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Fetal Surgery: The New Normal

Surgeons perform fetal surgery for spina bifida

Surgeons perform fetal surgery for spina bifida

It’s 1981, and a woman, seven months pregnant with twins, knows that one of her unborn babies will probably die. He has a blocked urinary tract, a life-threatening condition.

But he doesn’t die. Instead, something unprecedented happens.  A doctor in San Francisco opens the woman’s abdomen and performs the first successful fetal surgery. The baby is born, leads a normal childhood and grows up.

The baby’s name was Michael Skinner, and he was the first of many whose lives have been saved or dramatically improved through fetal surgery.

“The first fetal surgeries were mostly done to address situations in which the fetus would not survive if nothing was done,” says Michael Bebbington, MD. “But today, we have a changed paradigm that focuses on decreasing morbidity and improving quality of life for babies.” Bebbington, a maternal-fetal medicine specialist, is director of the Fetal Care Center, which is part of the Women & Infants Center, a collaboration between Barnes-Jewish Hospital, St. Louis Children’s Hospital, and Washington University School of Medicine. 

Perhaps the best example of this paradigm shift is fetal surgery for myelomeningocele, the most severe form of spina bifida. Though fetuses with this birth defect usually survive if not treated in utero, they may have paralysis of the arms and legs, and dysfunction of the bladder and bowel, as well as scoliosis and fluid buildup in the brain. 

Children born with myelomeningocele used to undergo surgery after birth. But by then, the damage to the developing nervous system had already been done. Most of them would never learn to walk, and they faced lifelong challenges. In the 1990s, some surgeons began performing the operation in utero, though at first it wasn’t clear whether it was more effective than surgery after birth. 

Then came the MOMS trail, a landmark study published in 2011 in which researchers randomized 183 pregnant women to either prenatal repair of myelomeningocele or standard postnatal repair. The results were so striking that the research team terminated the study early. Their findings indicated that surgery in utero meant there was a significantly less likely need that an infant would require a shunt to drain fluid from the brain after birth, and would also have better motor function at 30 months post-delivery. Forty-two percent of those in the prenatal surgery group were later able to walk, compared with just 21 percent in the postnatal surgery group.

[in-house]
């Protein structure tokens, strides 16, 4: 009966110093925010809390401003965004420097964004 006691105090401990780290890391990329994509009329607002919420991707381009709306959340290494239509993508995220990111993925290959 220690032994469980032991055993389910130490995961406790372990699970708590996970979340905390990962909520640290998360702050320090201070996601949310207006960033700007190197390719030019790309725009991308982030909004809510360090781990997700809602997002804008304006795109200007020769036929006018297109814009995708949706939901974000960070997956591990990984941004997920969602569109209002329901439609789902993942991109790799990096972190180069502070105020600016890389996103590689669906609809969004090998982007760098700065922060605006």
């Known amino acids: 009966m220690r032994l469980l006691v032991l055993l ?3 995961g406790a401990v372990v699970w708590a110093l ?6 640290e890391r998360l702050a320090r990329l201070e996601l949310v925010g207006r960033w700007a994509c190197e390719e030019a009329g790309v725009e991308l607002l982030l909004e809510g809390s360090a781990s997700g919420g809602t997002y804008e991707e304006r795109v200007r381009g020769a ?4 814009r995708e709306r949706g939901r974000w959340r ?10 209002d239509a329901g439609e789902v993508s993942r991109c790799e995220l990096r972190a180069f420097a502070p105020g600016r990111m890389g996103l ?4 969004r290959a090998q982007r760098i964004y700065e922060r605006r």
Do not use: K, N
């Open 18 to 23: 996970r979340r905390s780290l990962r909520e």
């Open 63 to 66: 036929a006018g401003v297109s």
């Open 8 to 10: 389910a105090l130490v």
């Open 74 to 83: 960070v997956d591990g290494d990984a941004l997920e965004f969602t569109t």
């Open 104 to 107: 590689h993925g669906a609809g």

For now, fetal spina bifida repair is still performed as an open procedure, meaning surgeons open the mother’s abdomen and uterus to operate on the fetus as they would on a newborn. Research of minimally invasive procedures for myelomeningocele is in a preliminary phase. “As we make advances in minimally invasive procedures, we subject them to research to learn whether they are actually better for babies and moms,” Bebbington says.

And for many conditions, minimally invasive surgery has become the norm. For example, to treat congenital diaphragmatic hernia, or a hole in the diaphragm, surgeons insert a scope down the throat of a fetus through a small incision in the mother’s abdomen, then place a balloon inside the trachea to help lung development. Bebbington says this procedure is much less risky to the mother and the fetus than an older form of treatment in which the mother’s abdomen is opened more fully to allow the surgeon to place a clip on the fetus’s trachea through an incision in the neck.

Many of the advances in fetal surgery over the years are due in part to changes in imaging technology. For example, advances in ultrasound have made it possible for doctors to diagnose congenital conditions earlier and more accurately. And improved ultrasound is used to guide surgeons as they perform fetal surgery.

One of the first conditions for which minimally invasive fetal surgery became the norm was twin-to-twin transfusion syndrome, in which one twin receives too much blood and the other too little. When advanced cases of this syndrome are untreated, perinatal mortality is estimated at 70 to 100 percent. Bebbington says that the intervention through fetal surgery achieves an overall survival rate of 85 percent. 

“This is the kind of medicine I always wanted to practice,” Bebbington says. “It never ceases to amaze me what a mother will do to try to improve life for her child.”


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